That opened the gate for the former Tervalac boy to play in the country's collegiate glamour league and at the same time a chance to continue his studies. He was already 20 and in second year high school. He was still in high school, in other words, when he started playing collegiate ball.

 

From there, the rest is history as the old saying goes. From PRATRA, then PRISCO, then San Beda, Caloy extended his wings further until he landed a place in the lineup of the famous Yco Painters, the team he helped in winning 49 straight games in 1956, an awesome streak by any language in any league in any country.

 

He was also at the forefront of the Painters' seven straight title conquest of the National Open at the height their historic rivalry with the equally-famous Ysmael Steel quintet from 1954 to 1960.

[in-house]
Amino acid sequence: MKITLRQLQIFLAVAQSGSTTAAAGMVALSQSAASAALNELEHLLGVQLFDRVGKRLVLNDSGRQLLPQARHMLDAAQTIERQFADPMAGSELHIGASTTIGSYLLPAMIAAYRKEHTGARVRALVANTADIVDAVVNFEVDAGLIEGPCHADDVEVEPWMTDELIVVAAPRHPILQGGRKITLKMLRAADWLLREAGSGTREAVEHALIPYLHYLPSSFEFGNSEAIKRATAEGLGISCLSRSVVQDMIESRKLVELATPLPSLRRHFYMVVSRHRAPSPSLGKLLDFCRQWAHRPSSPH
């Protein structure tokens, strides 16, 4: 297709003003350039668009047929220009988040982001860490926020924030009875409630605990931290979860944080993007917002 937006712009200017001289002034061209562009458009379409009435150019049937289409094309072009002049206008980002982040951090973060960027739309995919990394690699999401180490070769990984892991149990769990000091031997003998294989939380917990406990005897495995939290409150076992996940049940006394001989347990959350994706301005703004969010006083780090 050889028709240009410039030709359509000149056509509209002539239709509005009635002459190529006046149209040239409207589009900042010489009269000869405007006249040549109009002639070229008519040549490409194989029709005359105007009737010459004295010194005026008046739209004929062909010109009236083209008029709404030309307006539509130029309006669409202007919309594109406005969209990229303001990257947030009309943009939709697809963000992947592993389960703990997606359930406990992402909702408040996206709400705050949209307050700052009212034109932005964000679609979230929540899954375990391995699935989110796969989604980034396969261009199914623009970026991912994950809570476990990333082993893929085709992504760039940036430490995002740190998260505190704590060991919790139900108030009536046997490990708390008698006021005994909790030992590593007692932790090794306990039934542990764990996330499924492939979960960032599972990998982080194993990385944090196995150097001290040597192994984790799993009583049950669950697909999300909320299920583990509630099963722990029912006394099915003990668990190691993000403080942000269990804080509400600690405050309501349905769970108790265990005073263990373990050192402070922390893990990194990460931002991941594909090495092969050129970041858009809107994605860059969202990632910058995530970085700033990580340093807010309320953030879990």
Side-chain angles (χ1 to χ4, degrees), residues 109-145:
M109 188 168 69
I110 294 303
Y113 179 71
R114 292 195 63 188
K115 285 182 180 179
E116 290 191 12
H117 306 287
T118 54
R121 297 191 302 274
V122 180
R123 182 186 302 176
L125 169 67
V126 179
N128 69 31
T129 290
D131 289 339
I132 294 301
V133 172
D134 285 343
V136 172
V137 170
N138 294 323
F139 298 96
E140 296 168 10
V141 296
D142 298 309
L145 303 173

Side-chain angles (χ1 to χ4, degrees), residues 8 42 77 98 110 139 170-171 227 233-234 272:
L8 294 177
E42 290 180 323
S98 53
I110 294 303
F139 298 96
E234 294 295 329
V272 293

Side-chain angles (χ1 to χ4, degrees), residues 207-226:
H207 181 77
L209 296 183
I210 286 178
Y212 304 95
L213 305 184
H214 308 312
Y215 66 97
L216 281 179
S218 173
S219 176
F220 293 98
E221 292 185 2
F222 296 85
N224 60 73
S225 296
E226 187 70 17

When the Philippines copped third place in the 1954 World Championship and Loyzaga earned his place in the Mythical Five, he was named "Athlete of the Year"  by the Philippine Sportswriters Association.

 

Upon his retirement due to recurring knee injury, "King" Caloy was honored by the MICAA during the appreciation day for his "outstanding services to Philippine basketball, in particular, an Philippine sports, in general."

 

In between conquering the different local and international basketball arenas either on the hardcourt as a player or on the bench as tactician, Caloy, then 27, married a beautiful University of Santo Tomas beauty Victoria Cuerva, 18. The union bore a brood of five -- Cachito (Chito), Russo (Joey), Princess, Theresa and Bing.